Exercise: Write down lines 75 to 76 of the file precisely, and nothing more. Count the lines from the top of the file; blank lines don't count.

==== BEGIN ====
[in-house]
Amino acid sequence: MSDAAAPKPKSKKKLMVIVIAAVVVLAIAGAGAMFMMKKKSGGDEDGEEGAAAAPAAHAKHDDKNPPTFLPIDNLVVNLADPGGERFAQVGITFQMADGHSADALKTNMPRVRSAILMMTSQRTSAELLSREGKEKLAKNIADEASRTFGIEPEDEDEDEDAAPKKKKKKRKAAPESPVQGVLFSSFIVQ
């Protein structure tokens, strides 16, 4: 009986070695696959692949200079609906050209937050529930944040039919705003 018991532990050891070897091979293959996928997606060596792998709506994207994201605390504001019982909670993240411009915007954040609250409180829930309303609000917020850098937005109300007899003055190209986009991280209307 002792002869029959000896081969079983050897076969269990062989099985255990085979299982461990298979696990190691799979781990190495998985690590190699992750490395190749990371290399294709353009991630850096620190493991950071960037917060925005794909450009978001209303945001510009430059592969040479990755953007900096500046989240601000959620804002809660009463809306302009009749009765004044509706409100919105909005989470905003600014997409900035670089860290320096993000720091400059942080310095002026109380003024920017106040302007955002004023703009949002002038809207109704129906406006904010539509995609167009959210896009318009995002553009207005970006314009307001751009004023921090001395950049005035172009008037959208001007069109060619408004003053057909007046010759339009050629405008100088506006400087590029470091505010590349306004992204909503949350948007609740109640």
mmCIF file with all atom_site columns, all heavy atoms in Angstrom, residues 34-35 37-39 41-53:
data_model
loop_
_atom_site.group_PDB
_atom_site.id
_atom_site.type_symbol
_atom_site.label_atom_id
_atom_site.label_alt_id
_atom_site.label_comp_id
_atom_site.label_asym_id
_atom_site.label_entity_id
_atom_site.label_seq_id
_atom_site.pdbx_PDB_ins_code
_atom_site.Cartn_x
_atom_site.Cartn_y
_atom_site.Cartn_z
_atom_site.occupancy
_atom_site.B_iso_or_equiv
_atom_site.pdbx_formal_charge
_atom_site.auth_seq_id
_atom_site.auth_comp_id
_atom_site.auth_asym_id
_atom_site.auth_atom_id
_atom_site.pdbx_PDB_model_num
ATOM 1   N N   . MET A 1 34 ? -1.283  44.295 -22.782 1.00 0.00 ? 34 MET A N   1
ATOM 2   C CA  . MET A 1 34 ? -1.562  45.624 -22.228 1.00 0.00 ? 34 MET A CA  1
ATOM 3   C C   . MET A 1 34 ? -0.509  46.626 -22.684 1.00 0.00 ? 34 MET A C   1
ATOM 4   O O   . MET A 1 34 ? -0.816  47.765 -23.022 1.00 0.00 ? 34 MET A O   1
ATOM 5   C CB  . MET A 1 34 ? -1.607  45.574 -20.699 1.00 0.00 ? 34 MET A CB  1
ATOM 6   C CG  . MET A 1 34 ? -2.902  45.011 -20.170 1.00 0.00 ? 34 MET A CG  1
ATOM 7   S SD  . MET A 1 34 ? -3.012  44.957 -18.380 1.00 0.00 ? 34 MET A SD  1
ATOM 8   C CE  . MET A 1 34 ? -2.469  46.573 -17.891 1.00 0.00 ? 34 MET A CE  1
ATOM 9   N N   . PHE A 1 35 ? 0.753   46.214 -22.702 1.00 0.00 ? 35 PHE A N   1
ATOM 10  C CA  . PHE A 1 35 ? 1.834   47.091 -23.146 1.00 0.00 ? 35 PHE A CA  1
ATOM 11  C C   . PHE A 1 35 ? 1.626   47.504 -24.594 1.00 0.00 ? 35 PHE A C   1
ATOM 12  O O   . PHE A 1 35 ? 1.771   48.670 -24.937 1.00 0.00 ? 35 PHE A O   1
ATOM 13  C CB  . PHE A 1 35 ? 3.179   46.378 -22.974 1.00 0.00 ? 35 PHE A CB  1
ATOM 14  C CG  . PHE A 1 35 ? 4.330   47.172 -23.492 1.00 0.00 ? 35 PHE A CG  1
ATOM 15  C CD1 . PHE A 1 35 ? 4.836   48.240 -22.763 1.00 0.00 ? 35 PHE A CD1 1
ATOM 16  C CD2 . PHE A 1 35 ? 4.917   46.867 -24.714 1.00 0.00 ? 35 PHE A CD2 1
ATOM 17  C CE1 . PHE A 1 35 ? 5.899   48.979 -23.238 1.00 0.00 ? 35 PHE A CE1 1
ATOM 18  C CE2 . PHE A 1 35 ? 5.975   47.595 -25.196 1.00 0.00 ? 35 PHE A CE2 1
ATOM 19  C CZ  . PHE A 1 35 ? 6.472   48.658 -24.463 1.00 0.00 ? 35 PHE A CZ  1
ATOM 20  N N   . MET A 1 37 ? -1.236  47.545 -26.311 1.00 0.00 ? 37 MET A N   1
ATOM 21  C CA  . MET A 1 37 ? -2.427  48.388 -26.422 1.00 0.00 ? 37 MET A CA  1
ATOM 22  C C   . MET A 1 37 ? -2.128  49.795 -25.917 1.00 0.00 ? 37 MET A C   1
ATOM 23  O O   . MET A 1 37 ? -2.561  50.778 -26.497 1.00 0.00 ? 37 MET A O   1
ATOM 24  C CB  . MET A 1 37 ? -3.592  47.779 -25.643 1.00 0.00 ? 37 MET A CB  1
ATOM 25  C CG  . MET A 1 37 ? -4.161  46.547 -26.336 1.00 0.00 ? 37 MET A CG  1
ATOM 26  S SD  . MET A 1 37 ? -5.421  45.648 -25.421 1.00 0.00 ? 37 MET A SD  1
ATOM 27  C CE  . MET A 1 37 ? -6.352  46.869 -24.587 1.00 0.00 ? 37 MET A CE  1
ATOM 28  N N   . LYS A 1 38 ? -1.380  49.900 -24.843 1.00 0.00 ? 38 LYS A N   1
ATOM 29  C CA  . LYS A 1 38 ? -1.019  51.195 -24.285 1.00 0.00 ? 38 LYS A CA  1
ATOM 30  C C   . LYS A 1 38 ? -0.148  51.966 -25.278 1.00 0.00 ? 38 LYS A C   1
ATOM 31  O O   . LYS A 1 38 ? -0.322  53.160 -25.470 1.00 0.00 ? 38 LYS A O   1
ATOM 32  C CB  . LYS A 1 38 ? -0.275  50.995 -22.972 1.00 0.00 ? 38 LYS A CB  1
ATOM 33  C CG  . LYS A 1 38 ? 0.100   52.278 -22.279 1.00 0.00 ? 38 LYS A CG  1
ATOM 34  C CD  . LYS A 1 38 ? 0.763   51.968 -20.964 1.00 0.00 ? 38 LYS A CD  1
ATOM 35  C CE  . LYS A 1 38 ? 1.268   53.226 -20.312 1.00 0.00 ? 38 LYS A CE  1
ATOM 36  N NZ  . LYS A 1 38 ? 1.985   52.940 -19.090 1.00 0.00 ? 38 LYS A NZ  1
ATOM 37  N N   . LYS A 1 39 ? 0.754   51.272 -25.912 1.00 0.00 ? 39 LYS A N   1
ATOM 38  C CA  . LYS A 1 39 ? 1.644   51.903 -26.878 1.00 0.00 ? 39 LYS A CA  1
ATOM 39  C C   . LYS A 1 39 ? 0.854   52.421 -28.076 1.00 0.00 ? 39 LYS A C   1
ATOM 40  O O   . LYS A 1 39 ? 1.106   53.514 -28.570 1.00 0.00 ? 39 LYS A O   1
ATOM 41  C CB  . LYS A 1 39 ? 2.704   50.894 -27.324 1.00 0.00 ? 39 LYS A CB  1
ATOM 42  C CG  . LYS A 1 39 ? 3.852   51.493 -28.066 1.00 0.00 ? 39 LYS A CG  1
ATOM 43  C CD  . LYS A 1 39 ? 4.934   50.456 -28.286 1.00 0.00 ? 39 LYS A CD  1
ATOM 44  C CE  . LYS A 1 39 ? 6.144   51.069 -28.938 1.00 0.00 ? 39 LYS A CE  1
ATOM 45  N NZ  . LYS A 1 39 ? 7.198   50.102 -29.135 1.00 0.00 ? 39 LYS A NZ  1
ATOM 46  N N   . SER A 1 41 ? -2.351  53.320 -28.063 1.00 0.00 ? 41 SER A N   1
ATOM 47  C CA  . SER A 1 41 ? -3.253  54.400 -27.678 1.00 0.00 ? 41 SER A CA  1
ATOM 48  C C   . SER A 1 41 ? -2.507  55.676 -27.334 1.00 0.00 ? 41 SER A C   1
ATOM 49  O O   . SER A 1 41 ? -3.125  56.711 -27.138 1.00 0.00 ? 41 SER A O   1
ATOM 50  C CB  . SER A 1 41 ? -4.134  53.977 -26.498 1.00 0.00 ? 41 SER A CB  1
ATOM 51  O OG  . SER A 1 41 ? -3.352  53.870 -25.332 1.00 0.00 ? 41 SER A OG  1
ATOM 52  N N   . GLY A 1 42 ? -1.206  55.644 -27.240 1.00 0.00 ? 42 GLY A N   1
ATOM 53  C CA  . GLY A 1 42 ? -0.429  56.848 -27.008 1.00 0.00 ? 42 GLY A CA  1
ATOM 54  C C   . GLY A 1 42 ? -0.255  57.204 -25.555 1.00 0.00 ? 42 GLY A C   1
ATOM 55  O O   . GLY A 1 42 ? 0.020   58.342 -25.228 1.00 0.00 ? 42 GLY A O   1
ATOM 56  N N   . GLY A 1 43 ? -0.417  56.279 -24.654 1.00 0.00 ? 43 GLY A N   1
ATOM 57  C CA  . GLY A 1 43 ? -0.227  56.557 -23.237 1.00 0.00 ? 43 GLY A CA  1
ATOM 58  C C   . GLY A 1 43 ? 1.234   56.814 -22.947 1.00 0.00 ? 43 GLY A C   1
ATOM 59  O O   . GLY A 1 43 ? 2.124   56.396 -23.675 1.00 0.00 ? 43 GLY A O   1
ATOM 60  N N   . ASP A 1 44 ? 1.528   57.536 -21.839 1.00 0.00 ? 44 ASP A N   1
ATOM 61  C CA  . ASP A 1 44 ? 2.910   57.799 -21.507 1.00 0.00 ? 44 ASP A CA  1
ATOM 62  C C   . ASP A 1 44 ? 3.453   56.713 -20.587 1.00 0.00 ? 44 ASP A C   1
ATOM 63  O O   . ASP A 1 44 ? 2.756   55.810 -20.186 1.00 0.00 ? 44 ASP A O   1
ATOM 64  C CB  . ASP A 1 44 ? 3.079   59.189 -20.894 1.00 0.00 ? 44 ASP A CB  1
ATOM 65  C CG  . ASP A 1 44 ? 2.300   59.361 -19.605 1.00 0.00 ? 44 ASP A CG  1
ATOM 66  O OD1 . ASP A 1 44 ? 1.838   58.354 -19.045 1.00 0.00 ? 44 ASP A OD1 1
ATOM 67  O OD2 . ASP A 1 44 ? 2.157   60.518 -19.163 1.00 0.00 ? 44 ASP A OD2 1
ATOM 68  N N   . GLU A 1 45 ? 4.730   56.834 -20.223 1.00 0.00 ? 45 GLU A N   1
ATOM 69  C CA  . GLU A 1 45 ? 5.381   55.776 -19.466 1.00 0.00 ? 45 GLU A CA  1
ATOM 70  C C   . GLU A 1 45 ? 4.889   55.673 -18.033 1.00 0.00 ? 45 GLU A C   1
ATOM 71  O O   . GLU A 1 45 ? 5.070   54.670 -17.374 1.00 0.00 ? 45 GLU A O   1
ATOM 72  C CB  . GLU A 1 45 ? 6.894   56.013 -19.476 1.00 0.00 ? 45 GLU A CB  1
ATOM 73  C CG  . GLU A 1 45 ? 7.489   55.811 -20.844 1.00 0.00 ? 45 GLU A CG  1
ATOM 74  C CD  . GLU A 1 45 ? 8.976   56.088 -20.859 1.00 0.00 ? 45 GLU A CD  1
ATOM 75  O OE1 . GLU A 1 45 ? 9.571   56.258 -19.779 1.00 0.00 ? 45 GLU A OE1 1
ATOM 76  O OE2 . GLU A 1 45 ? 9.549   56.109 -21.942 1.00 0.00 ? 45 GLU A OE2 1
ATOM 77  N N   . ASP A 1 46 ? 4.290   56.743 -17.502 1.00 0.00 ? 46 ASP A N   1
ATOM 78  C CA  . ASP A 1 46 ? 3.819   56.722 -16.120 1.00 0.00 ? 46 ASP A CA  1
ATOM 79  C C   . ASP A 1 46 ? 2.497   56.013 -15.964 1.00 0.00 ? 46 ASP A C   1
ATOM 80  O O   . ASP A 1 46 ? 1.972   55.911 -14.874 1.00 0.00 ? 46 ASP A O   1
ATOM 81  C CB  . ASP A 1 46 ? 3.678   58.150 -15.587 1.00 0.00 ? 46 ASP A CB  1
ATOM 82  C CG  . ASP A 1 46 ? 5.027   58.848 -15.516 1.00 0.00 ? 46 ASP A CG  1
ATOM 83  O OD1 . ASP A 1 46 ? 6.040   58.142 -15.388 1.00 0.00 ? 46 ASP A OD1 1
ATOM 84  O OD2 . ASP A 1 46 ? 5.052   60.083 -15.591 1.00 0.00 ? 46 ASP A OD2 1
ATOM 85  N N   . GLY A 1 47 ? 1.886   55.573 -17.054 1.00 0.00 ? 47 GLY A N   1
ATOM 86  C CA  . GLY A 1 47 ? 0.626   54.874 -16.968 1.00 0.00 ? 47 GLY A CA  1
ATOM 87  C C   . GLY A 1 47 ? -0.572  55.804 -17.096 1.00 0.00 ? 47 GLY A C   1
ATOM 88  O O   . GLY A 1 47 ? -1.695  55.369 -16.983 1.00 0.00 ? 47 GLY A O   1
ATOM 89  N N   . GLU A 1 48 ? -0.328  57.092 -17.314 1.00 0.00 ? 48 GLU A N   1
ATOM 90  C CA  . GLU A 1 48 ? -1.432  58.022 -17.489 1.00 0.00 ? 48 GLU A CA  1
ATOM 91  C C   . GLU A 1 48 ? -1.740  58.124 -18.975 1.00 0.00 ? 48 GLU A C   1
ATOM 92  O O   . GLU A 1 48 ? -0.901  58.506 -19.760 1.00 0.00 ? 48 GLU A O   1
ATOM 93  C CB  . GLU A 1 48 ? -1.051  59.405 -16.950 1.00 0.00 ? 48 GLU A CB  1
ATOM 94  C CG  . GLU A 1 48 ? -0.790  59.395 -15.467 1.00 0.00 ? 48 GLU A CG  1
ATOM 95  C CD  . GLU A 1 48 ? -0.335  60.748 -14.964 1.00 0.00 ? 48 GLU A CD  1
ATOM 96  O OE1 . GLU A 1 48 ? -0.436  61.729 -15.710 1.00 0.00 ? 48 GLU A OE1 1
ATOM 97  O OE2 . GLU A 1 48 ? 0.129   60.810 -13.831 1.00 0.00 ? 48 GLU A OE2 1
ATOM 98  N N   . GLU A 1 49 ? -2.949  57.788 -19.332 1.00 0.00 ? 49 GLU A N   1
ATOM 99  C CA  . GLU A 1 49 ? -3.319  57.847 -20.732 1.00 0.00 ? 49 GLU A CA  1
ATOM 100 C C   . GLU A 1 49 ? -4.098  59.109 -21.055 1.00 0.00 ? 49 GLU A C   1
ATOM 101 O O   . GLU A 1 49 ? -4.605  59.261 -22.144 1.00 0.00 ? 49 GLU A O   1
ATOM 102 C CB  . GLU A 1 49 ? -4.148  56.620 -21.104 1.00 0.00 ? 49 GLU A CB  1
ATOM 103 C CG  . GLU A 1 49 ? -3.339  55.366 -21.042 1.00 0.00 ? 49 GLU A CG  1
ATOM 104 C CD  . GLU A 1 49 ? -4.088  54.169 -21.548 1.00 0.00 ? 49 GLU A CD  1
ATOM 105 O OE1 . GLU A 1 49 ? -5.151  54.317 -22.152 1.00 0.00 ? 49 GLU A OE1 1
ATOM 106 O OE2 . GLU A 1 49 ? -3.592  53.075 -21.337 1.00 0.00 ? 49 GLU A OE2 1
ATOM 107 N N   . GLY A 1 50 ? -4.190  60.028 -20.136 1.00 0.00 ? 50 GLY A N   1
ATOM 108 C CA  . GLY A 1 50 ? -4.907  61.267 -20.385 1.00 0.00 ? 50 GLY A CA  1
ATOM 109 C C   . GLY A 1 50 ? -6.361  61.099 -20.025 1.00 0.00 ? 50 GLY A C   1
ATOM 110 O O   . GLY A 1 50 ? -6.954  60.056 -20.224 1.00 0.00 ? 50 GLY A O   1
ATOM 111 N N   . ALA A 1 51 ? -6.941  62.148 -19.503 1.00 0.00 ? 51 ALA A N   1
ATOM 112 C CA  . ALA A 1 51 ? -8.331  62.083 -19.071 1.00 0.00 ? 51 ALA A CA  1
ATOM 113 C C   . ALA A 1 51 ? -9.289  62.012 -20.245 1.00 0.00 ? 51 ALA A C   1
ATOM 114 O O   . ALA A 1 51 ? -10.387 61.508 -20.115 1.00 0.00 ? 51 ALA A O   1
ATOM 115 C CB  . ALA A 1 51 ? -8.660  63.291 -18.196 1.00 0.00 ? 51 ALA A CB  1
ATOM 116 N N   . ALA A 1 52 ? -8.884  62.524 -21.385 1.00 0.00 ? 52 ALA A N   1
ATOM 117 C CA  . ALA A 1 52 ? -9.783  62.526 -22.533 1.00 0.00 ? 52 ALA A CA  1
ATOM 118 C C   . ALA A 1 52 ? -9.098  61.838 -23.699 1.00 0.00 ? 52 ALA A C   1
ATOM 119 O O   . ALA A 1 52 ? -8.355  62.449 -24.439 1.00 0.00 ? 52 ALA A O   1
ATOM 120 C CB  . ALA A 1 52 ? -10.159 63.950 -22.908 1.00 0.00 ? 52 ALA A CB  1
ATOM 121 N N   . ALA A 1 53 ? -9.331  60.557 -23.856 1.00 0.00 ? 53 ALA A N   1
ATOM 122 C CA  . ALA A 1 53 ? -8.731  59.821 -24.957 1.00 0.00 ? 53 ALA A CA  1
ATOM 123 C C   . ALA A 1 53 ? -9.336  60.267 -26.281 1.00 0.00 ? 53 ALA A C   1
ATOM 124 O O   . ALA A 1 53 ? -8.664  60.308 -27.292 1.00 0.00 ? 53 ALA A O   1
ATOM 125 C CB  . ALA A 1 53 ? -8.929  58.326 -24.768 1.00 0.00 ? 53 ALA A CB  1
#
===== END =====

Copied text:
ATOM 48  C C   . SER A 1 41 ? -2.507  55.676 -27.334 1.00 0.00 ? 41 SER A C   1
ATOM 49  O O   . SER A 1 41 ? -3.125  56.711 -27.138 1.00 0.00 ? 41 SER A O   1